Dundee Urban Orchard (2013-17)
Dundee Urban Orchard – otherwise known as DUO – is a city-wide art and horticulture project supporting individuals, community groups and cultural organisations to plant and care for small-scale orchards across Dundee. In addition to the practical benefits of enhancing biodiversity, accessing greenspace for community use and raising awareness of where food comes from, DUO celebrate the biodiversity and cultural diversity of Dundee through art workshops, exhibitions and peer-learning events.
With a particular focus on food sustainability, DUO is committed to community empowerment coupled with long-term planning for a sustainable and equitable future.
Having spent four years working with community groups to plant orchards in Dundee (2013 – 2017), DUO continue to support the ongoing maintenance and care of the Orchard City network. Where possible we assist in the planting of additional community orchards and growing spaces and we actively encourage other orchards to be planted.
Keywords: edible landscapes, sustainability, art, participation, social practice, socially engaged practice, public art
Contributed by: Jonathan Baxter, Dundee Urban Orchard (DUO)
PhD. The conditions for cross-sector collaboration in Wales (2016-2019)
The project aims to develop cross-sector collaboration in ways that enable environmental groups to maximise their contribution to national well-being while at the same time increasing the outcomes for wildlife and biodiversity. The approach is based on the principles of action research i.e. democratic, participative enquiry with the aim of empowering less influential groups of society.
There are two phases:
Phase 1. Collaborating as an alternative to campaigning to change the management of road verges
Phase 2. Integrating a social-ecological strategy in schemes for Social Prescribing
Keywords: collaboration, cross-sector, legitimacy, integration of interests, action research, social prescribing
Links currently unavailable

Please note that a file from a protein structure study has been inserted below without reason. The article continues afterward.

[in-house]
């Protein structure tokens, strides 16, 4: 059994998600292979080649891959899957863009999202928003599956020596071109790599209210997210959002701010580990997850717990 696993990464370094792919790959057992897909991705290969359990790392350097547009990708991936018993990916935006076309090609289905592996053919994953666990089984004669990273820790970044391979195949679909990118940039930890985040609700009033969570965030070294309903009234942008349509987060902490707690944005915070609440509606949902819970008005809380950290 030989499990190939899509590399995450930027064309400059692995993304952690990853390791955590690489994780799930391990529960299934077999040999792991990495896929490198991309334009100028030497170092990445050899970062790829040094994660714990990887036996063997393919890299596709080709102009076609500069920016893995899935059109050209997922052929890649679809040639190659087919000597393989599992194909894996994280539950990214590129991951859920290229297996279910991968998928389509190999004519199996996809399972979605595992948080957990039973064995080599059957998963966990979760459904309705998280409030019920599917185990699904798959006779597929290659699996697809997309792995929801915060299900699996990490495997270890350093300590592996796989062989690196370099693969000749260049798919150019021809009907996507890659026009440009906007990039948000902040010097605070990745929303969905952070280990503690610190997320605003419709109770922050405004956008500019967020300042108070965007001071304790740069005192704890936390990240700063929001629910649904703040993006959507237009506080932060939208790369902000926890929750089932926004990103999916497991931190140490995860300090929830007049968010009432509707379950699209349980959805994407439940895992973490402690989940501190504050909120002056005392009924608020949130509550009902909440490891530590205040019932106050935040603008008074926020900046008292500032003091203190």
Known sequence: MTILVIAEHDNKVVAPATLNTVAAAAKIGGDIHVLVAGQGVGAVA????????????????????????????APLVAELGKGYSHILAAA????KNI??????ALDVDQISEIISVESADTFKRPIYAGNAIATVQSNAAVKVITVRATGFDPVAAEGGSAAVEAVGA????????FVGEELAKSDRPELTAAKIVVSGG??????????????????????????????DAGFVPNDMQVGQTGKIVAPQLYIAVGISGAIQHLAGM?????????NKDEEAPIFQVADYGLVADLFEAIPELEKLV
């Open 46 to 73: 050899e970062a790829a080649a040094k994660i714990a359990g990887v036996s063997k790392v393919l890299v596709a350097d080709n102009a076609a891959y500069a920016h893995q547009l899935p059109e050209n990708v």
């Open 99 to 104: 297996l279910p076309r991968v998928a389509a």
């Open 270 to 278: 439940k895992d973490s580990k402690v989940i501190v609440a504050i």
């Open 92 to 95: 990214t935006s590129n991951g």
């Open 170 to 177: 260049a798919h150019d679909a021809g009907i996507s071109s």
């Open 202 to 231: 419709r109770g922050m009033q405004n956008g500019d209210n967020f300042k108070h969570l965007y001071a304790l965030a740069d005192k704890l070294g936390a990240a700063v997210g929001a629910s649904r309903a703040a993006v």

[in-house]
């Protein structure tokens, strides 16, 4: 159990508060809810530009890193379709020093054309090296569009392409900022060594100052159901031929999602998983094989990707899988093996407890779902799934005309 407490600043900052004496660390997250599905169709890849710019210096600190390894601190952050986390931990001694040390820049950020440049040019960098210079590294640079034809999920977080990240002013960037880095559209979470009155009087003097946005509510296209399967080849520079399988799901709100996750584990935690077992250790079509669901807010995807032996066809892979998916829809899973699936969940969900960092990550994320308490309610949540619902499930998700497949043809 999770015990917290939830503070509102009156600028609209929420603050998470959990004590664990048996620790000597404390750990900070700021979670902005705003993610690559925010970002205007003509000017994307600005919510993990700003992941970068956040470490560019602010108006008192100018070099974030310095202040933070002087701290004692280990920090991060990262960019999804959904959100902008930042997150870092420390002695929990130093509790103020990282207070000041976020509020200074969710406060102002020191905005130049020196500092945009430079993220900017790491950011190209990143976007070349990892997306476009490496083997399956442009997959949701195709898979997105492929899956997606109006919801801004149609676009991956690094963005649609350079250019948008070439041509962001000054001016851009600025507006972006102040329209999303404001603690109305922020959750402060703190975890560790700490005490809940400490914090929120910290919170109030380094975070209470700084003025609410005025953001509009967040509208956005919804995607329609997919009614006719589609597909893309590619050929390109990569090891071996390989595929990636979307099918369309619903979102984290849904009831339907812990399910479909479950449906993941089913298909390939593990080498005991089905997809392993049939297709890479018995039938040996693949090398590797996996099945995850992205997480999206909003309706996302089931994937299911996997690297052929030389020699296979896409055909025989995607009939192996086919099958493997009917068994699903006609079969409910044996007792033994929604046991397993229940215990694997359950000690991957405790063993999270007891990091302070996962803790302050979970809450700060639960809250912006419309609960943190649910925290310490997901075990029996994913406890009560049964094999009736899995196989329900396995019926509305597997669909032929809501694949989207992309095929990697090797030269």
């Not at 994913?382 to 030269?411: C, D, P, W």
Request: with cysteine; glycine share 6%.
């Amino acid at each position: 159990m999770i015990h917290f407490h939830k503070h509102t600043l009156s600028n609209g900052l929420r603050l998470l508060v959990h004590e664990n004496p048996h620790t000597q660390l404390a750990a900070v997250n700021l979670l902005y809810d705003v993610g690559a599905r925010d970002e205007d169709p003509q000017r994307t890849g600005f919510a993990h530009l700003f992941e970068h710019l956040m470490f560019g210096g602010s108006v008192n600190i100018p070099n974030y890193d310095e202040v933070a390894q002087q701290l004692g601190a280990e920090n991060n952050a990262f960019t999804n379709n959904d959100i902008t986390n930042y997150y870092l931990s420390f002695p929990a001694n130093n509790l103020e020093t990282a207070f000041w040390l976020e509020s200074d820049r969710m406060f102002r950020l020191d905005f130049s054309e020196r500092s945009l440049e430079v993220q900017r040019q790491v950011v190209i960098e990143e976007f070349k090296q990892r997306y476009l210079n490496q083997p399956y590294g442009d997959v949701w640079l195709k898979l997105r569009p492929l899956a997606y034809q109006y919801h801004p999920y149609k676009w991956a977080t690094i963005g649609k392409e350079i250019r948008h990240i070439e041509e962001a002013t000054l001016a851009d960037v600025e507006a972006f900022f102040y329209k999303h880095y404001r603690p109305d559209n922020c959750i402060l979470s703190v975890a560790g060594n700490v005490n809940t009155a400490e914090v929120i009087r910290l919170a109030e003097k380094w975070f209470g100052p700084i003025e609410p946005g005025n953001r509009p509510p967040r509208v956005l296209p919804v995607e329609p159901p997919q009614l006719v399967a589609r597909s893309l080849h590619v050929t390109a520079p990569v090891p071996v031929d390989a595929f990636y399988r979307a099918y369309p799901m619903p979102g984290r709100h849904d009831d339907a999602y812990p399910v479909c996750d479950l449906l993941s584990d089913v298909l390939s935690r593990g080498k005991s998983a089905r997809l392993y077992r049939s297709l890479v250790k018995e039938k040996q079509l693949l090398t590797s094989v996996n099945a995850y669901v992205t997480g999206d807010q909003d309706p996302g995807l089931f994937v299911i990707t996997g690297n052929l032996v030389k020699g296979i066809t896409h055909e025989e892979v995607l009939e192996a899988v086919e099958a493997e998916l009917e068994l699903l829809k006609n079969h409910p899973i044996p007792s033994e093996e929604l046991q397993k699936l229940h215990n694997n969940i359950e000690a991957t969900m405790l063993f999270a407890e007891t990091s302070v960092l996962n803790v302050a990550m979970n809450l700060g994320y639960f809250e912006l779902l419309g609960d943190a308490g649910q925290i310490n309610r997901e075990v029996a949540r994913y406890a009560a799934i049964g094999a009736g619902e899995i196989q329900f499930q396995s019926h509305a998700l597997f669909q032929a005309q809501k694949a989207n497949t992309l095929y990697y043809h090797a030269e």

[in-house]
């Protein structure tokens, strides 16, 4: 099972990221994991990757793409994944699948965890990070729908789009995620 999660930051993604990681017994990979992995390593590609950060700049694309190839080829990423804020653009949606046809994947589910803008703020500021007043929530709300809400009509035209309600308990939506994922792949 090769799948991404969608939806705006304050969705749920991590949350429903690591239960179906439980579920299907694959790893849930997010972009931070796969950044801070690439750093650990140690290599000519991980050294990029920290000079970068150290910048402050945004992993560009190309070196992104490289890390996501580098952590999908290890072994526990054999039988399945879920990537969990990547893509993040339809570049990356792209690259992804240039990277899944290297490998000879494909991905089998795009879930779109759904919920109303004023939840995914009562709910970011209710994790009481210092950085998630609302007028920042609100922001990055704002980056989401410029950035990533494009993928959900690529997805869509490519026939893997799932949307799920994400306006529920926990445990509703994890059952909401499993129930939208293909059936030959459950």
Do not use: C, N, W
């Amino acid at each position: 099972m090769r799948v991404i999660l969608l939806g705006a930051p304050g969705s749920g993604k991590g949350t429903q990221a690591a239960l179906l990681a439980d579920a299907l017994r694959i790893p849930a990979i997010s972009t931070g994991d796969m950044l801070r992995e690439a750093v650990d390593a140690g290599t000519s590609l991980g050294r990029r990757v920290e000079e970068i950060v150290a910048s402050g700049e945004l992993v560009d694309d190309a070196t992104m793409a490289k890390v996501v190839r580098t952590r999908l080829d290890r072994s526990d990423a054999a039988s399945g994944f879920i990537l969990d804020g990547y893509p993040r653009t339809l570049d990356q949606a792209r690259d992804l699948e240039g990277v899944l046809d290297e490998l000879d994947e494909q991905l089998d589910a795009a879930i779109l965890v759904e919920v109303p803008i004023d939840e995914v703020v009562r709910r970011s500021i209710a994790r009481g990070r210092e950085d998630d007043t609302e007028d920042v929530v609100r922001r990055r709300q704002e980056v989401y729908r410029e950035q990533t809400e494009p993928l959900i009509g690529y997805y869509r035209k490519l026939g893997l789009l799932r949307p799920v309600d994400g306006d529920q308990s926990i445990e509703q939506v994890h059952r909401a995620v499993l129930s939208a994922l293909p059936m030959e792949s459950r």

Contributed by: Elizabeth Woodcock – Bangor University
Citizen Juries on wind-farm development in Scotland (2015)
This is one the most comprehensive studies of citizens’ juries conducted to date. The unique project entailed, for the first time, three citizens’ juries addressing the same task in different locations, and the research combined five sources of data to provide an in-depth account of the deliberative process and its outcomes.
The deliberative approach used in citizens’ juries gives voice to the diversity of views that often exists around controversial policy areas. Deliberative processes are particularly valuable because rather than simply expressing their views, participants are encouraged to develop, scrutinise, justify and re-examine those views in light of evidence and arguments presented by others. As such, deliberative engagement is particularly suitable for topics characterised by complexity, conflicting views and values, competing interests, and contested evidence.
Scottish Planning Policy emphasises the importance of public engagement, requiring that it should be early, meaningful and proportionate. However, to date, deliberative engagement has not been actively used to inform planning policy or decisions in Scotland. This project focused on onshore wind farm development, and was designed to offer insight into key dynamics in citizen participation and public deliberation – rather than to inform decision-making. This report provides the policy and practice community with practical advice about organising and facilitating deliberative public engagement in support of decision-making. It explores how citizens’ knowledge and perspectives evolve during the process. It presents a picture of what the jurors decided matters most to them about wind farm development. It analyses whether three juries, addressing the same topic under similar conditions, generate different outcomes. And it explores the potential role of citizens’ juries in policy and decision-making.
Keywords: wind farm development, citizen juries, deliberative debate, citizen participation
Contributed by: Jennifer Roberts – University of Strathclyde; Oliver Escobar – What Works Scotland, University of Edinburgh; ClimateXChange